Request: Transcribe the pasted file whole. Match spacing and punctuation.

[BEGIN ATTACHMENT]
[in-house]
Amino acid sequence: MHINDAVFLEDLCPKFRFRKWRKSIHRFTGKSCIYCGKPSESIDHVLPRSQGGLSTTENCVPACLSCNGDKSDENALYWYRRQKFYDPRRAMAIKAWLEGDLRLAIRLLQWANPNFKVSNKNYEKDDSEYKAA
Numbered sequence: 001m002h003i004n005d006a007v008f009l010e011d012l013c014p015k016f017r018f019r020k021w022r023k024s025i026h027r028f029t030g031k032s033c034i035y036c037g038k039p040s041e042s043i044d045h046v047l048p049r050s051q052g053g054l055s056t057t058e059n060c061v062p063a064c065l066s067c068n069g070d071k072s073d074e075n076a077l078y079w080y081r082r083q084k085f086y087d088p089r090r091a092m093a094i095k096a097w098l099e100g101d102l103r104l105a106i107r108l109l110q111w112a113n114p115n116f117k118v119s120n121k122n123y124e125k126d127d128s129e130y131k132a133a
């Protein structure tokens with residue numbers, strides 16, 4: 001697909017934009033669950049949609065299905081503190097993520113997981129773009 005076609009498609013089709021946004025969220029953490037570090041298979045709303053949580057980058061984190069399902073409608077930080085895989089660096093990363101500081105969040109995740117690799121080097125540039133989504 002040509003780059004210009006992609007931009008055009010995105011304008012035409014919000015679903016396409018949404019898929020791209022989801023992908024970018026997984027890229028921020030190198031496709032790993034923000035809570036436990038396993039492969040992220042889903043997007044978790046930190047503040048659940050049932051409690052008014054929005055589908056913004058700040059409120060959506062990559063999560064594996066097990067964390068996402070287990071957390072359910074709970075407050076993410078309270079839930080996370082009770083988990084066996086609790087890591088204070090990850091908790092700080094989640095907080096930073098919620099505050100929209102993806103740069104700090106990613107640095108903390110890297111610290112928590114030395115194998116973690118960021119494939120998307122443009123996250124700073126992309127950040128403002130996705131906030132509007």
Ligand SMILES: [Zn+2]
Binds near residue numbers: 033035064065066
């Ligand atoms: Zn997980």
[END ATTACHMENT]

[in-house]
Amino acid sequence: MHINDAVFLEDLCPKFRFRKWRKSIHRFTGKSCIYCGKPSESIDHVLPRSQGGLSTTENCVPACLSCNGDKSDENALYWYRRQKFYDPRRAMAIKAWLEGDLRLAIRLLQWANPNFKVSNKNYEKDDSEYKAA
Numbered sequence: 001m002h003i004n005d006a007v008f009l010e011d012l013c014p015k016f017r018f019r020k021w022r023k024s025i026h027r028f029t030g031k032s033c034i035y036c037g038k039p040s041e042s043i044d045h046v047l048p049r050s051q052g053g054l055s056t057t058e059n060c061v062p063a064c065l066s067c068n069g070d071k072s073d074e075n076a077l078y079w080y081r082r083q084k085f086y087d088p089r090r091a092m093a094i095k096a097w098l099e100g101d102l103r104l105a106i107r108l109l110q111w112a113n114p115n116f117k118v119s120n121k122n123y124e125k126d127d128s129e130y131k132a133a
């Protein structure tokens with residue numbers, strides 16, 4: 001697909017934009033669950049949609065299905081503190097993520113997981129773009 005076609009498609013089709021946004025969220029953490037570090041298979045709303053949580057980058061984190069399902073409608077930080085895989089660096093990363101500081105969040109995740117690799121080097125540039133989504 002040509003780059004210009006992609007931009008055009010995105011304008012035409014919000015679903016396409018949404019898929020791209022989801023992908024970018026997984027890229028921020030190198031496709032790993034923000035809570036436990038396993039492969040992220042889903043997007044978790046930190047503040048659940050049932051409690052008014054929005055589908056913004058700040059409120060959506062990559063999560064594996066097990067964390068996402070287990071957390072359910074709970075407050076993410078309270079839930080996370082009770083988990084066996086609790087890591088204070090990850091908790092700080094989640095907080096930073098919620099505050100929209102993806103740069104700090106990613107640095108903390110890297111610290112928590114030395115194998116973690118960021119494939120998307122443009123996250124700073126992309127950040128403002130996705131906030132509007």
Ligand SMILES: [Zn+2]
Binds near residue numbers: 033035064065066
């Ligand atoms: Zn997980």